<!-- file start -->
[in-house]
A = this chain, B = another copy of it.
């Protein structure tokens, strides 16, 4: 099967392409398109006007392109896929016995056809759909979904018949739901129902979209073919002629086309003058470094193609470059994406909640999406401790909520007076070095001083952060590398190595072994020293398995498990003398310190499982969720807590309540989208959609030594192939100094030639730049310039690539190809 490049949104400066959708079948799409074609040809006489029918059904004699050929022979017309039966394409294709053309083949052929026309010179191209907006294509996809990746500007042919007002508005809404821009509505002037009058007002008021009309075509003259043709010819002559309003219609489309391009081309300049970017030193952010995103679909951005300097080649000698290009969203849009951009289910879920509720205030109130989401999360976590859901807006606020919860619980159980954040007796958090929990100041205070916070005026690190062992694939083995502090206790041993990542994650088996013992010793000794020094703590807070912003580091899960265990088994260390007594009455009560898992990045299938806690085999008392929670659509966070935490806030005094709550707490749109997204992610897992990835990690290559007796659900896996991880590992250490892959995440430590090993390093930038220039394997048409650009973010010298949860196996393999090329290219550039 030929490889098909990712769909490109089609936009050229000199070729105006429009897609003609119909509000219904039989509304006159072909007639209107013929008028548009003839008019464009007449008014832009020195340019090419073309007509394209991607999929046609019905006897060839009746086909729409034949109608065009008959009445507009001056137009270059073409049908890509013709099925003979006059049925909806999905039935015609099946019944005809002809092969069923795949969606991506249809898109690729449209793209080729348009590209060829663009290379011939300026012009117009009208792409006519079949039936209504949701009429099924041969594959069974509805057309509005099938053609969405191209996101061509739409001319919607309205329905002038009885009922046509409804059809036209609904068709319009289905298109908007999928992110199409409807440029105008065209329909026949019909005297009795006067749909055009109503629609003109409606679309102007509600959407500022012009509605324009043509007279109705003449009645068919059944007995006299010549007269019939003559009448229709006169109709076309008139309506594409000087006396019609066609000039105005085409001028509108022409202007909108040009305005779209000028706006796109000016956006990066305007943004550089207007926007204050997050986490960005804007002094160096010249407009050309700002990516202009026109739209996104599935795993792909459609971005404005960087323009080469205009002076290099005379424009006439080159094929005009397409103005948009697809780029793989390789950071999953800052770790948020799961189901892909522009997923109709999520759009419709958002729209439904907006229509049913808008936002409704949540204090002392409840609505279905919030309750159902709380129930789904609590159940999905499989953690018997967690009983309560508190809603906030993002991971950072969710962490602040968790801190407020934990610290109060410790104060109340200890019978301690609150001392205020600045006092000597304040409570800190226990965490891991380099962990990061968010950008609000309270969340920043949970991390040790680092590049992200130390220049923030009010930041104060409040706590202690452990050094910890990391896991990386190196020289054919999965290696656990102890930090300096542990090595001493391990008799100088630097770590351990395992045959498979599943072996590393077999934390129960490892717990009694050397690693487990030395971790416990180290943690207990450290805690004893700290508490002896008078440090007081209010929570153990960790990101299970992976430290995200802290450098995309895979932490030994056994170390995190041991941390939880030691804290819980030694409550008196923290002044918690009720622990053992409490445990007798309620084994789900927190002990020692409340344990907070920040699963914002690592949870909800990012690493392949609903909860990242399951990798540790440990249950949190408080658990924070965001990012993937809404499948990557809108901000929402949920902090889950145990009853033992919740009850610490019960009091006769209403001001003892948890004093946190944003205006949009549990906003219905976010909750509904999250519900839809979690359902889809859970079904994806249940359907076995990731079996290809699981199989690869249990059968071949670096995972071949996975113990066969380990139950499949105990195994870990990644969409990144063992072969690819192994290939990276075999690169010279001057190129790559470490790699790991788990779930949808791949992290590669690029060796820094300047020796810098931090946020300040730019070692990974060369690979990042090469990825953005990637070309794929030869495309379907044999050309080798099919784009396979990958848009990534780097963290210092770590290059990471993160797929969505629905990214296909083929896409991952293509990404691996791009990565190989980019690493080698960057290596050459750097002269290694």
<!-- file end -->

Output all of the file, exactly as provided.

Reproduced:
[in-house]
A = this chain, B = another copy of it.
């Protein structure tokens, strides 16, 4: 099967392409398109006007392109896929016995056809759909979904018949739901129902979209073919002629086309003058470094193609470059994406909640999406401790909520007076070095001083952060590398190595072994020293398995498990003398310190499982969720807590309540989208959609030594192939100094030639730049310039690539190809 490049949104400066959708079948799409074609040809006489029918059904004699050929022979017309039966394409294709053309083949052929026309010179191209907006294509996809990746500007042919007002508005809404821009509505002037009058007002008021009309075509003259043709010819002559309003219609489309391009081309300049970017030193952010995103679909951005300097080649000698290009969203849009951009289910879920509720205030109130989401999360976590859901807006606020919860619980159980954040007796958090929990100041205070916070005026690190062992694939083995502090206790041993990542994650088996013992010793000794020094703590807070912003580091899960265990088994260390007594009455009560898992990045299938806690085999008392929670659509966070935490806030005094709550707490749109997204992610897992990835990690290559007796659900896996991880590992250490892959995440430590090993390093930038220039394997048409650009973010010298949860196996393999090329290219550039 030929490889098909990712769909490109089609936009050229000199070729105006429009897609003609119909509000219904039989509304006159072909007639209107013929008028548009003839008019464009007449008014832009020195340019090419073309007509394209991607999929046609019905006897060839009746086909729409034949109608065009008959009445507009001056137009270059073409049908890509013709099925003979006059049925909806999905039935015609099946019944005809002809092969069923795949969606991506249809898109690729449209793209080729348009590209060829663009290379011939300026012009117009009208792409006519079949039936209504949701009429099924041969594959069974509805057309509005099938053609969405191209996101061509739409001319919607309205329905002038009885009922046509409804059809036209609904068709319009289905298109908007999928992110199409409807440029105008065209329909026949019909005297009795006067749909055009109503629609003109409606679309102007509600959407500022012009509605324009043509007279109705003449009645068919059944007995006299010549007269019939003559009448229709006169109709076309008139309506594409000087006396019609066609000039105005085409001028509108022409202007909108040009305005779209000028706006796109000016956006990066305007943004550089207007926007204050997050986490960005804007002094160096010249407009050309700002990516202009026109739209996104599935795993792909459609971005404005960087323009080469205009002076290099005379424009006439080159094929005009397409103005948009697809780029793989390789950071999953800052770790948020799961189901892909522009997923109709999520759009419709958002729209439904907006229509049913808008936002409704949540204090002392409840609505279905919030309750159902709380129930789904609590159940999905499989953690018997967690009983309560508190809603906030993002991971950072969710962490602040968790801190407020934990610290109060410790104060109340200890019978301690609150001392205020600045006092000597304040409570800190226990965490891991380099962990990061968010950008609000309270969340920043949970991390040790680092590049992200130390220049923030009010930041104060409040706590202690452990050094910890990391896991990386190196020289054919999965290696656990102890930090300096542990090595001493391990008799100088630097770590351990395992045959498979599943072996590393077999934390129960490892717990009694050397690693487990030395971790416990180290943690207990450290805690004893700290508490002896008078440090007081209010929570153990960790990101299970992976430290995200802290450098995309895979932490030994056994170390995190041991941390939880030691804290819980030694409550008196923290002044918690009720622990053992409490445990007798309620084994789900927190002990020692409340344990907070920040699963914002690592949870909800990012690493392949609903909860990242399951990798540790440990249950949190408080658990924070965001990012993937809404499948990557809108901000929402949920902090889950145990009853033992919740009850610490019960009091006769209403001001003892948890004093946190944003205006949009549990906003219905976010909750509904999250519900839809979690359902889809859970079904994806249940359907076995990731079996290809699981199989690869249990059968071949670096995972071949996975113990066969380990139950499949105990195994870990990644969409990144063992072969690819192994290939990276075999690169010279001057190129790559470490790699790991788990779930949808791949992290590669690029060796820094300047020796810098931090946020300040730019070692990974060369690979990042090469990825953005990637070309794929030869495309379907044999050309080798099919784009396979990958848009990534780097963290210092770590290059990471993160797929969505629905990214296909083929896409991952293509990404691996791009990565190989980019690493080698960057290596050459750097002269290694």